3 Dead Girls

3 Dead Girls

3deadgirls

Chris Broadstone recently edited together a collection of some of his short films, 3 Dead Girls. Overall, these three short films are some of the best micro budgeted shorts I have seen, and that opinion holds strong after screening many short film festivals over the years.
One of the limitation of short films is trying to squeeze an entire story within a very short period of time. With the 2000 short film, Scream For Me, it is readily apparent. We’re given much of the backstory through an extensive and well performed monologue by Gabriel Sigal until Tony Simmons steals the show with his Madman character. Because there was a lot of back story to quickly digest through narration, it may easily slip by how Broadstone perfectly paralleled the beginning scene between Gabriel Sigal and his victim and later when Simmons victimizes Sigal. However, there was no shortage of perversity, sadism, and industrial music to hold our attention for the ride. There were some bonus features which illuminated the behind the scenes fun. Apparently, many out-takes were due to Simmon’s inability to know how to use Duct tape, and I quite enjoyed watching him make the tape completely unusable while never missing a cue or a line.

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My Skin is another collaboration between Tony Simmons and Chris Broadstone as well as the final entry, Human No More. Tony Simmon’s transforms from his Madman trucker persona to a pale skinned figure of death incarnate. This story functions more of a final act to a New England Gothic story, as we come upon Death finally having revenge on a killer who keeps messing up his Date of Death ledger. Broadstone, with a micro budget, used the mise-en-scene combined with Simmons performance to create an unsettling sense. However, with such a short story I was kept wanting. I also couldn’t help but think that this incarnation of Death was a precursor to Broadstone’s Puzzleman novel which explores this creepy atmosphere in much more depth and detail.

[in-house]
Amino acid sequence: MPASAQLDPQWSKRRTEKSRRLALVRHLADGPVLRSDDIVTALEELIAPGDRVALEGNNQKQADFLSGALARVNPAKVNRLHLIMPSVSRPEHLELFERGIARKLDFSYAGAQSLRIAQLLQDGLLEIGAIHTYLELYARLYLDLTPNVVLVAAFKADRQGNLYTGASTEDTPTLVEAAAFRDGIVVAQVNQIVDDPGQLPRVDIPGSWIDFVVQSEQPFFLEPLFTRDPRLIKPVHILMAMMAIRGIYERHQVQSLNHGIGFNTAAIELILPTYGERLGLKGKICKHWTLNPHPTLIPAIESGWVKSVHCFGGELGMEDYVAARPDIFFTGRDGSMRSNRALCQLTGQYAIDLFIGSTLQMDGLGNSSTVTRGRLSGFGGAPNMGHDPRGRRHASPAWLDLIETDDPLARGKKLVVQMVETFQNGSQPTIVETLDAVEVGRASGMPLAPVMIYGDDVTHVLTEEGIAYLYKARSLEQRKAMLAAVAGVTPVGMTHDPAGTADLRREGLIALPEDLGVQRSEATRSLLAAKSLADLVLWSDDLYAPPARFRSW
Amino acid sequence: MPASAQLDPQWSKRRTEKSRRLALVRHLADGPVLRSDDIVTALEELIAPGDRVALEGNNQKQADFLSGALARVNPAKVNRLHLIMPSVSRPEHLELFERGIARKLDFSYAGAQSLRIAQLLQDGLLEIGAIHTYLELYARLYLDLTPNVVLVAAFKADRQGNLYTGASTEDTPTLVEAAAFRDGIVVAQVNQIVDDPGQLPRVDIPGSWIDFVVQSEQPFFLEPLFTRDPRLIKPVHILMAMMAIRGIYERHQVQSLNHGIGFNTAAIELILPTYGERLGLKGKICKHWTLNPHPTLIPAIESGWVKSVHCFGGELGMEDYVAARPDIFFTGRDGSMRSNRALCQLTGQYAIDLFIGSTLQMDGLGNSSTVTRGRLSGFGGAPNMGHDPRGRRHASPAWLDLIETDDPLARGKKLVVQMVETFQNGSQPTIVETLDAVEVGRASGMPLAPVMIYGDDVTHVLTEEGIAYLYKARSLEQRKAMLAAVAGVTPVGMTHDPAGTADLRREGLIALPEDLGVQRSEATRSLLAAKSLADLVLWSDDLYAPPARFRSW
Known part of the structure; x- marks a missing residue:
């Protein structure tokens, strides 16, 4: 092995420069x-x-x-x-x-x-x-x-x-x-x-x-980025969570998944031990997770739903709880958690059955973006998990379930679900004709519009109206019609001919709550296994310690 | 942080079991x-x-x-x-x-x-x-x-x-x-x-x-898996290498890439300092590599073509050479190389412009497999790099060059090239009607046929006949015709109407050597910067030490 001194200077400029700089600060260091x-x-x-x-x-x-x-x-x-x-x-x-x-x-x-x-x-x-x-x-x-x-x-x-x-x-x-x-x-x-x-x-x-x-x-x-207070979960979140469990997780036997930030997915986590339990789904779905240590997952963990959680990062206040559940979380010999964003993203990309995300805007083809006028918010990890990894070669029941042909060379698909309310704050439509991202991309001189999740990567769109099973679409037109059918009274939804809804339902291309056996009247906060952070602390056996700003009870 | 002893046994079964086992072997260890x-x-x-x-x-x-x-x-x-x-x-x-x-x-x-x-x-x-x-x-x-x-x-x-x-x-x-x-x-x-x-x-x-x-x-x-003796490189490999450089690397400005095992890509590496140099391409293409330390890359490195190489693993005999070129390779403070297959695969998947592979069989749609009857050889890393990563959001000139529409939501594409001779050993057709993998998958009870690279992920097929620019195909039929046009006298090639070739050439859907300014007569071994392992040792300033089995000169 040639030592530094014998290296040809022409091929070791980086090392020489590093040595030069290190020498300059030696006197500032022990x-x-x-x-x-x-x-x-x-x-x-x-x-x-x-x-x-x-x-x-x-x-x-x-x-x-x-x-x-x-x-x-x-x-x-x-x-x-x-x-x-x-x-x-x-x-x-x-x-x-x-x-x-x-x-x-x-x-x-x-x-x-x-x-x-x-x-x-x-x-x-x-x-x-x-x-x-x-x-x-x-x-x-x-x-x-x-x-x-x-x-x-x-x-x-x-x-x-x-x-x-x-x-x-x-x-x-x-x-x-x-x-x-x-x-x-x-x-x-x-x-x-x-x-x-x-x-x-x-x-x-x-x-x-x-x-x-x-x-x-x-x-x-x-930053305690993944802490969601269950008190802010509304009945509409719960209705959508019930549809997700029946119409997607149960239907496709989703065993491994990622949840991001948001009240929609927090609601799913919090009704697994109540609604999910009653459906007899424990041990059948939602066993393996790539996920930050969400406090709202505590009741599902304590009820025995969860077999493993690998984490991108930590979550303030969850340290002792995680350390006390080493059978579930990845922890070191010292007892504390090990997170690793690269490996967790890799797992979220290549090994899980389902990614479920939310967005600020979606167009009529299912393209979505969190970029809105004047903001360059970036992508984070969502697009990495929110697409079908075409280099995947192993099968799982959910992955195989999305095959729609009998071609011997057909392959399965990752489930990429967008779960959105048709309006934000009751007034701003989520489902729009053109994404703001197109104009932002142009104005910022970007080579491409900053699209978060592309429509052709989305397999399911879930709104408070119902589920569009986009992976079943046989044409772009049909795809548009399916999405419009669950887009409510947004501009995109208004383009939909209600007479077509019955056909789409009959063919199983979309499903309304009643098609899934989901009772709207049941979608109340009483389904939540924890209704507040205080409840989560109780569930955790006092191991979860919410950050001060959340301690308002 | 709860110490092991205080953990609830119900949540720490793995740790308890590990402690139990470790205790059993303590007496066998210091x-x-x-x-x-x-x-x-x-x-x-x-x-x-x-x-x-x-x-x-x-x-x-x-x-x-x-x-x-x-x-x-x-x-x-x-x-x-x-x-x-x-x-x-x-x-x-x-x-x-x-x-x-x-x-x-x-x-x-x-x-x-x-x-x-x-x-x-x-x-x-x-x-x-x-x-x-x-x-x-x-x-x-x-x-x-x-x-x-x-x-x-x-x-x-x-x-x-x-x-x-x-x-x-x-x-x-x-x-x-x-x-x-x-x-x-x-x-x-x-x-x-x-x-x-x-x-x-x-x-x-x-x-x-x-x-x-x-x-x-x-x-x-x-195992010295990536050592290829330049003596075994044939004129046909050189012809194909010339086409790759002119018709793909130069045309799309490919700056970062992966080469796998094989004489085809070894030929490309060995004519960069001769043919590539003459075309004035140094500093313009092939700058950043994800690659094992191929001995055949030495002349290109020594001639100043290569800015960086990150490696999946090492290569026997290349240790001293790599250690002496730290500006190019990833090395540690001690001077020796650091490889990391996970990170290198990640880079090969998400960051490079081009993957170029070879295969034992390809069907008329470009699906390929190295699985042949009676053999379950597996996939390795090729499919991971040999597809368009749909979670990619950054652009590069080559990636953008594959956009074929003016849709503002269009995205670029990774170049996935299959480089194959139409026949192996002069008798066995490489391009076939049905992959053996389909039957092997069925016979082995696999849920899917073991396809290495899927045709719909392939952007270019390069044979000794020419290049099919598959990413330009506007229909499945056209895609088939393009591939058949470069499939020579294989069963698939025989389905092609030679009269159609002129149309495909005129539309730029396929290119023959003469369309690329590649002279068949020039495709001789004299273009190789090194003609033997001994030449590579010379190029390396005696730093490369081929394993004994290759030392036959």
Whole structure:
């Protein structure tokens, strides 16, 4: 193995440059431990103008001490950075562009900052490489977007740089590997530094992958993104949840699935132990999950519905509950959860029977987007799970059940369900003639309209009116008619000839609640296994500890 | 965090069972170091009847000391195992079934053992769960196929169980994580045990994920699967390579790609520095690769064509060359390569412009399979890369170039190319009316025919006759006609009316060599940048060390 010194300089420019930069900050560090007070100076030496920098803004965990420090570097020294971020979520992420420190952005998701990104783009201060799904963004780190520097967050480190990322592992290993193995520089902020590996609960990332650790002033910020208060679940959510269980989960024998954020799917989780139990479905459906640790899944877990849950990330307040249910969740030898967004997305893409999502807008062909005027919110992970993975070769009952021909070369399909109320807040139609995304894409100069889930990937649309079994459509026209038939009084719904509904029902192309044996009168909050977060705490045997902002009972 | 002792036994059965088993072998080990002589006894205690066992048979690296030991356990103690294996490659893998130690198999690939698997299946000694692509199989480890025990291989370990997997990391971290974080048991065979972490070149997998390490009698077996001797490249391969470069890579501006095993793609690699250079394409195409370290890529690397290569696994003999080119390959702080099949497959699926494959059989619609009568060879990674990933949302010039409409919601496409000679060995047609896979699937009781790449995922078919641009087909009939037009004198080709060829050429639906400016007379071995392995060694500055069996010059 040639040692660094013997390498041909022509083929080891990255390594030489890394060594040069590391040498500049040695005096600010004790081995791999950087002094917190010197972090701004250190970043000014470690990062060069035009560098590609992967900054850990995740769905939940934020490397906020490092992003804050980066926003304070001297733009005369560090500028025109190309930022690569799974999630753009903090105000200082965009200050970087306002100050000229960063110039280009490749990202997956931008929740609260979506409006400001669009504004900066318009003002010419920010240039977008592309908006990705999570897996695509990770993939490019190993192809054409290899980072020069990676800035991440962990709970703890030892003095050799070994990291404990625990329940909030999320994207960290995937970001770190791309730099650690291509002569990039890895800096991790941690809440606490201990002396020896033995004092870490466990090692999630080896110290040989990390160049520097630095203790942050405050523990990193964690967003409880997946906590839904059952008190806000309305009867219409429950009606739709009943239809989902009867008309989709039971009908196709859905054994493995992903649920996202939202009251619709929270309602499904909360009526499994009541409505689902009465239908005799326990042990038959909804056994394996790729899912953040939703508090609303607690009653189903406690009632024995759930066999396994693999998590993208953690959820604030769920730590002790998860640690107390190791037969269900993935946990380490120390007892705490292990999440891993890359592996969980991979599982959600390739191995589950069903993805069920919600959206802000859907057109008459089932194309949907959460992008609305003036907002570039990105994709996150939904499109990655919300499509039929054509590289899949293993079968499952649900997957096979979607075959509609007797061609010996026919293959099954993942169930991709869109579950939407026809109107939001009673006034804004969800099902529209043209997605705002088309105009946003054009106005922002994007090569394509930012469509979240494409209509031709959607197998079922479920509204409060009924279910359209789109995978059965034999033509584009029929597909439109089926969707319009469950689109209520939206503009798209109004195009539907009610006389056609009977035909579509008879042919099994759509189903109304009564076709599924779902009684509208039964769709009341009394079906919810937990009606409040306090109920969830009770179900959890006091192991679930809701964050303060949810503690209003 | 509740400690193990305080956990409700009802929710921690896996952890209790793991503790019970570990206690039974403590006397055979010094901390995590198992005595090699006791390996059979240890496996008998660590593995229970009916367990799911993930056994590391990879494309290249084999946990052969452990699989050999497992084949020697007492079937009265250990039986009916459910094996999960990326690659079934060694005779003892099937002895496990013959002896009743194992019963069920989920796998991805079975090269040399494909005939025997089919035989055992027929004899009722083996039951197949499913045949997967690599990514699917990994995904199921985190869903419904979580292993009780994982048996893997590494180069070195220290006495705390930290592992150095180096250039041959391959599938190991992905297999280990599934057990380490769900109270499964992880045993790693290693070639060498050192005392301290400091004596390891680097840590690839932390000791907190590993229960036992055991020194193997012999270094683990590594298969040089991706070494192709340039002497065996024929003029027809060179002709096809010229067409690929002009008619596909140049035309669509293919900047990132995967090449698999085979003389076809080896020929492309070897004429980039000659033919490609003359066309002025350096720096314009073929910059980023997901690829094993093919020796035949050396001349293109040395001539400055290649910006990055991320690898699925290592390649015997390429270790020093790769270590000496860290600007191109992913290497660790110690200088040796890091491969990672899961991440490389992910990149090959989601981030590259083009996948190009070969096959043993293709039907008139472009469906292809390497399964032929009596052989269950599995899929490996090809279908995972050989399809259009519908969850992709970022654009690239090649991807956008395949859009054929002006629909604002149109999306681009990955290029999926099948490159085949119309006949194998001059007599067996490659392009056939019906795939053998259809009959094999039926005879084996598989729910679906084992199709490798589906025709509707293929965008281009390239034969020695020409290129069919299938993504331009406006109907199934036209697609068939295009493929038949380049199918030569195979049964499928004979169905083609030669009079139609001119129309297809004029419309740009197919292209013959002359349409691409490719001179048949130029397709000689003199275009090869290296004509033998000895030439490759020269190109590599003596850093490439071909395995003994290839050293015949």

Human No More is a confessional from a burnt out homicide detective. Broadstone zooms in on the final moments before the detective relinquishes his soul in order to carry on the good fight against evil. This story is very much about surrendering morals. If given a proper amount of time and budget, it’s easy seeing this unfolding into a mashup between Exorcist III and Fallen. Once again, it’s amazing how much insight Chris is able to reveal in such a limited budget and schedule. Despite setting up time, it’s a wonder how he was able to envision these creative and stylized shots. Although the monologue focuses solely on Tony Simmon’s character, he still manages to set up multiple points of view and even one that is presumably of the detective’s inner demon.

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3 Dead Girls is a fun compilation of short horror movies. Along with the films, this release also comes with enough extra content such as behind the scenes footage, interviews, and commentaries to justify picking it up. I, for example, enjoyed listening to the banter between Broadstone and Simmons. Also, despite the packaging and name, these horrors don’t fall on the extreme/snuff side of the genre, so there’s no reason to be timid to show these among a diverse crowd of friends. These gothic films are perfect for a fright night party.